Day three was a bit easier, as it was Sunday and our hosts were firm believers in the day of rest! So today only two hours of work in the plots! Instead of working with the cacao today, we instead took to tending to the neighboring plot of banana trees! Again, more machete work. These trees grow in clumps, so We had to go  clump by clump and cut down any decaying leaves from the trees as well as the trees themselves when more than three trees were found in one clump. This was all to make sure the proper nutrients we being diverted to fruit production. Banana trees being very watery with soft bark, the work was quite easy and went quickly. The downside was that the water that leaked out of cut leaves smelled super rancid, and you couldn't help getting it on you. Plus timy insects living in the trees would fall down on you creating rashes. For lunch we were in for a special treat! A Peruvian family potluck! Augustina's parents and cousins divided to pay us a visit, and brough us the gift of meat!! I tried to help out in the kitchen a bit, but the ladies chased me away, so instead I sat in a hammock and watched as they boiled chicken in a broth made of the miel of the cacao were had harvested earlier over the fire. Needless to say it was absolutly delicious! 

My last day at the farm turned out to be a real treat! I was enlisted to work inside the chocoateria, the very air conditioned chocoateria. Though it wasn't sitting there eating chocolate to make sure it was good (as I hoped). Because this was still a small operation, most of the more had to be done by hand. That meant grating huge blocks of chocolate into fine powder to later be turned into workable chocolate, slicing dried fruit into fine pieces to be put inside some of the flavored chocolate, and separating the dried cacao beans from their shells using a high speed air machine (which didn't really work so you had to do it by hand in the end). We were even tasked with the packaging of the chocolate. So in the end we stayed with the entire process, from picking the cacao to packaging for shipment! I also got some insight as to the difficulties organic farms face at recieved the credit isn't to be able to out the word [ORGANIC] on their lable. It's a really involved process that can take years of inspections and paperwork! That night it was my turn to cook dinner, as we were on a rotating schedule, so it was up to me to create a masterpiece out of the various vegetables in the fridge. I will try to recall the recipe for you:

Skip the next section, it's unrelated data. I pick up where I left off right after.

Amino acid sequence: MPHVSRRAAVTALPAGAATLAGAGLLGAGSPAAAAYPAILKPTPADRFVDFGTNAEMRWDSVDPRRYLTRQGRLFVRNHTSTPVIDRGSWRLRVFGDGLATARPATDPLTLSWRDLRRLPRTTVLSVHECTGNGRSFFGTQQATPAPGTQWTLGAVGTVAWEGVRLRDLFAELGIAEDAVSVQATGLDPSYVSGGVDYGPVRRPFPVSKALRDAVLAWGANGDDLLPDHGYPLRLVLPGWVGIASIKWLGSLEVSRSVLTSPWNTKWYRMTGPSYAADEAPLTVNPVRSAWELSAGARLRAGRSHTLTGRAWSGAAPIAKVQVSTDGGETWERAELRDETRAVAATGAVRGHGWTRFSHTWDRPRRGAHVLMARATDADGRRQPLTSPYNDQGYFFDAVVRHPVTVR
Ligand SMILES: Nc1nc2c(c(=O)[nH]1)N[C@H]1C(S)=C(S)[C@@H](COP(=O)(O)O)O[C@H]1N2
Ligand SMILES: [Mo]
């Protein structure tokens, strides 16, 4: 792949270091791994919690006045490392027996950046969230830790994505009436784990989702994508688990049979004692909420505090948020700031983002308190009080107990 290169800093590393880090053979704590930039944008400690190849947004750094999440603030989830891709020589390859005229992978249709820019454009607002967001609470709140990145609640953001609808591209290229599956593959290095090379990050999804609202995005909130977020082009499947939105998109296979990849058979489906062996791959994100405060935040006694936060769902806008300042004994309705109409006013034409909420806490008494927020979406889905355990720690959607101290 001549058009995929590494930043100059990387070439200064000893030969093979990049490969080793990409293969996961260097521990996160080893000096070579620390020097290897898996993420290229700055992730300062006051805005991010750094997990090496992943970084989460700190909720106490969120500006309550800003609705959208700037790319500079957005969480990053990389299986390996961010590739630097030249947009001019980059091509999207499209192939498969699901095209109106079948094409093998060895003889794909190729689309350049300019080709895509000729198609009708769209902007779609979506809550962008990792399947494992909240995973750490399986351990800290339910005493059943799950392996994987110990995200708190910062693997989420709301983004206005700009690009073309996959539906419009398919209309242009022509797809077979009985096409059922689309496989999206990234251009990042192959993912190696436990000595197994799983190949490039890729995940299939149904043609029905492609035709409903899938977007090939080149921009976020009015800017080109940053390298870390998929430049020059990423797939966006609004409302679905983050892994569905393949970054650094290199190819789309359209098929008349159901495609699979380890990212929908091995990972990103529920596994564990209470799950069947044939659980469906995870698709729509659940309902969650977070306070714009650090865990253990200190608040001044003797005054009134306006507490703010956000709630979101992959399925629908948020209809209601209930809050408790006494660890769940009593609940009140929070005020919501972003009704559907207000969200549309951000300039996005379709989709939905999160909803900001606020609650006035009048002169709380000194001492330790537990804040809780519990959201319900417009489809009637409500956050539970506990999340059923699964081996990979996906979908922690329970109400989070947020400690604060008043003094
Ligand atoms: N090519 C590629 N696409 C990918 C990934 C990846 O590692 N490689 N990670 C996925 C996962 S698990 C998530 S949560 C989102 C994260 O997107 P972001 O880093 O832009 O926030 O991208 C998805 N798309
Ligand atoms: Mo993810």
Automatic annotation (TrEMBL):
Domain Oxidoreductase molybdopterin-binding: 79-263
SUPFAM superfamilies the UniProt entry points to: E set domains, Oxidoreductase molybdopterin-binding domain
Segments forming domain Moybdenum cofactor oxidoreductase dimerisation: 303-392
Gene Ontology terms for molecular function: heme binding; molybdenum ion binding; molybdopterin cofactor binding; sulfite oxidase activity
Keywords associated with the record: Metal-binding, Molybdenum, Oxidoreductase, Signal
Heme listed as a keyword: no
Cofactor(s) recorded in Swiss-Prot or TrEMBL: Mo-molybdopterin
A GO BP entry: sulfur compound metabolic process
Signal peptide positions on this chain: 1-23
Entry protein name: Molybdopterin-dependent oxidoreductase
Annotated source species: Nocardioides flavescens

Alex's Rainforest Volcano!
What you will need: Black beans (pre soaked), 1/2 Eggplant, 1/2 zucchini, 3-4 tomatoes, 2-3 onions, Pepper, salt, brown sugar, Brown rice

So, first start cooking the brown rice. If you don't know how, wiki it! When the rice is nearly done you will start the rest of the doing, but you can start prep while waiting. Slice up the zucchini, eggplant and 2 onions and set aside in a bowl for later. Next, slice up the tomatoes as fine as possible along with the remaining onion and throw in a saucepan. While it begins to cook, grind up around two tablespoons of pepper (your own discretion) and throw n with a bit of salt and three spoons of brown sugar. Stir until boiling, then set aside. This is your sauce.  Nowxtart on the vegetables. Add the contents of your prep bowl to a frying pan and begin to sauté until soft. Once at this point throw in your ore soaked black beans and cook for 5-10 minutes stirring every minute Nd adding in a bit of salt for flavor. Once ready remove from heat. To serve, first make a bed of rice on the plate. Next add a middle layer of the vegetable mix. Last add ample amount of the tomato sauce to the top. You now have a volcano. 

The next morning it was time for me to head back to quito, which turned out to be pretty interesting. I had to be at the front gate at 7am to hop on an open air ranchero to take me back to San Pedro where I would get a bus to quito. I was the only gringo on the bus, and sat next to locals heading off to work and children heading to school. The cool morning breeze and the luch scenery that passed gave me a beatiful close to my past two weeks working on the farm.